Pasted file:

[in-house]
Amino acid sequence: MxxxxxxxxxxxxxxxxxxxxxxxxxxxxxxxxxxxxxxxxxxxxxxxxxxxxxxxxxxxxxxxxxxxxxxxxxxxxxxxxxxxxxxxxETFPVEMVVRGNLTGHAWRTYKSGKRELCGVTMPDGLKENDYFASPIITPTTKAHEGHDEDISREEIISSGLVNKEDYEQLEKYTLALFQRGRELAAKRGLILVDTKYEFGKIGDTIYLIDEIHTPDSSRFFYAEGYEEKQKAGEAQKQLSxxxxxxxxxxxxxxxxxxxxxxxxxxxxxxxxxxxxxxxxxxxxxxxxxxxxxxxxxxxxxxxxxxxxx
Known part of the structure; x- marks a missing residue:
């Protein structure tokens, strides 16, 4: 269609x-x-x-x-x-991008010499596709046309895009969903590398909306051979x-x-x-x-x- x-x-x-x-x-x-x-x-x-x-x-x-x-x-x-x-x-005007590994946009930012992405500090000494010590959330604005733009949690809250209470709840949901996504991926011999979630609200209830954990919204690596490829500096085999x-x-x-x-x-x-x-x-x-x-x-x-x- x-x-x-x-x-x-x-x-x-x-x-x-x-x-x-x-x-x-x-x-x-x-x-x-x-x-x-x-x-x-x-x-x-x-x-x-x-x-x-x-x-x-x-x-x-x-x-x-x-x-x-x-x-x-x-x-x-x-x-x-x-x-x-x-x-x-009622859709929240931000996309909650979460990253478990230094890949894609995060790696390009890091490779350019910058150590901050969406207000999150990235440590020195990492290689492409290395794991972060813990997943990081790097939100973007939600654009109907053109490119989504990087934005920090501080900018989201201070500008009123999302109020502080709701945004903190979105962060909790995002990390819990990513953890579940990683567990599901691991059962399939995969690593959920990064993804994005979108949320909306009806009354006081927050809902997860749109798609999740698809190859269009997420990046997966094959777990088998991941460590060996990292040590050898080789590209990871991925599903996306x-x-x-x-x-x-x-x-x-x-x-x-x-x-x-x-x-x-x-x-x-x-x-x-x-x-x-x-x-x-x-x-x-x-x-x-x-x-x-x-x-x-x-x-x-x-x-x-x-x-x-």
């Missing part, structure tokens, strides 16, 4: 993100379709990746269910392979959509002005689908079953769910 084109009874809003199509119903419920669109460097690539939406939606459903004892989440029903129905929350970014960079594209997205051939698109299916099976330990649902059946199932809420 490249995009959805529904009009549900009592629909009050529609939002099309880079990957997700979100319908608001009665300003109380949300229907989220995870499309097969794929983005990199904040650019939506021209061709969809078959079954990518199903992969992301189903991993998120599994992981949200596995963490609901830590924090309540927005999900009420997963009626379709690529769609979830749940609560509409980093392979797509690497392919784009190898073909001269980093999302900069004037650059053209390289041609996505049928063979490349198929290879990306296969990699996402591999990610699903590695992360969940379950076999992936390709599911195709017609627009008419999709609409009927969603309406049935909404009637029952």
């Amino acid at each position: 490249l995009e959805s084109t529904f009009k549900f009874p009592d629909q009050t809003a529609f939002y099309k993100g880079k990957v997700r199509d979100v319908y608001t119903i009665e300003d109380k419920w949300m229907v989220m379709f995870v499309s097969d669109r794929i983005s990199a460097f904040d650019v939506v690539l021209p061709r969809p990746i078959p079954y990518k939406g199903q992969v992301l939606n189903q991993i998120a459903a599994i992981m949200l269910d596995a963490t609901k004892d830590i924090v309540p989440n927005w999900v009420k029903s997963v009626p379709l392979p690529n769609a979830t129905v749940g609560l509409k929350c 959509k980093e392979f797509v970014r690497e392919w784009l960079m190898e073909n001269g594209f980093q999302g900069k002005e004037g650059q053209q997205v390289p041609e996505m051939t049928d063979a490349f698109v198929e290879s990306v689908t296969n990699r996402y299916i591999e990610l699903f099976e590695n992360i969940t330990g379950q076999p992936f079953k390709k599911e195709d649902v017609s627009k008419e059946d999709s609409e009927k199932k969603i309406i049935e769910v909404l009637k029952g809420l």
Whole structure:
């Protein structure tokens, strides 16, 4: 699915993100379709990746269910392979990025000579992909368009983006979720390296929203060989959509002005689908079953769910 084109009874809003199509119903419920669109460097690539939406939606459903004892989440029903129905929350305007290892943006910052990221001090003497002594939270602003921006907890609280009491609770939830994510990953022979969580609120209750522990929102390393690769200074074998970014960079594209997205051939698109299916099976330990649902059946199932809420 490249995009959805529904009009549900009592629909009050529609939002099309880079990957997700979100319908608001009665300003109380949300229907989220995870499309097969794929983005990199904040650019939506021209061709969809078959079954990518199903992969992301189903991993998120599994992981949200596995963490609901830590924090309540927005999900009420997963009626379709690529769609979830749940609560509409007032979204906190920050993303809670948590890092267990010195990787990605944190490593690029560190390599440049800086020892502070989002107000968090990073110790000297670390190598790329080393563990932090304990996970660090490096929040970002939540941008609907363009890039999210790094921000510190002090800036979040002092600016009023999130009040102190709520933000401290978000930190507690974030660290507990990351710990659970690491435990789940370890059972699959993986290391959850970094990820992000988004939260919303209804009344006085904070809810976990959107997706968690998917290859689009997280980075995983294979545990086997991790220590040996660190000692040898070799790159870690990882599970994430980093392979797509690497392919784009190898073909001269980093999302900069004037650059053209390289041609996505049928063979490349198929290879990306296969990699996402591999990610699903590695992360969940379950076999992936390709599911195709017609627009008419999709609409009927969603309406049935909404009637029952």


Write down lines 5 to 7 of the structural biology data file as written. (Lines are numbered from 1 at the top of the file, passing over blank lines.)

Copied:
């Missing part, structure tokens, strides 16, 4: 993100379709990746269910392979959509002005689908079953769910 084109009874809003199509119903419920669109460097690539939406939606459903004892989440029903129905929350970014960079594209997205051939698109299916099976330990649902059946199932809420 490249995009959805529904009009549900009592629909009050529609939002099309880079990957997700979100319908608001009665300003109380949300229907989220995870499309097969794929983005990199904040650019939506021209061709969809078959079954990518199903992969992301189903991993998120599994992981949200596995963490609901830590924090309540927005999900009420997963009626379709690529769609979830749940609560509409980093392979797509690497392919784009190898073909001269980093999302900069004037650059053209390289041609996505049928063979490349198929290879990306296969990699996402591999990610699903590695992360969940379950076999992936390709599911195709017609627009008419999709609409009927969603309406049935909404009637029952």
């Amino acid at each position: 490249l995009e959805s084109t529904f009009k549900f009874p009592d629909q009050t809003a529609f939002y099309k993100g880079k990957v997700r199509d979100v319908y608001t119903i009665e300003d109380k419920w949300m229907v989220m379709f995870v499309s097969d669109r794929i983005s990199a460097f904040d650019v939506v690539l021209p061709r969809p990746i078959p079954y990518k939406g199903q992969v992301l939606n189903q991993i998120a459903a599994i992981m949200l269910d596995a963490t609901k004892d830590i924090v309540p989440n927005w999900v009420k029903s997963v009626p379709l392979p690529n769609a979830t129905v749940g609560l509409k929350c 959509k980093e392979f797509v970014r690497e392919w784009l960079m190898e073909n001269g594209f980093q999302g900069k002005e004037g650059q053209q997205v390289p041609e996505m051939t049928d063979a490349f698109v198929e290879s990306v689908t296969n990699r996402y299916i591999e990610l699903f099976e590695n992360i969940t330990g379950q076999p992936f079953k390709k599911e195709d649902v017609s627009k008419e059946d999709s609409e009927k199932k969603i309406i049935e769910v909404l009637k029952g809420l």
Whole structure: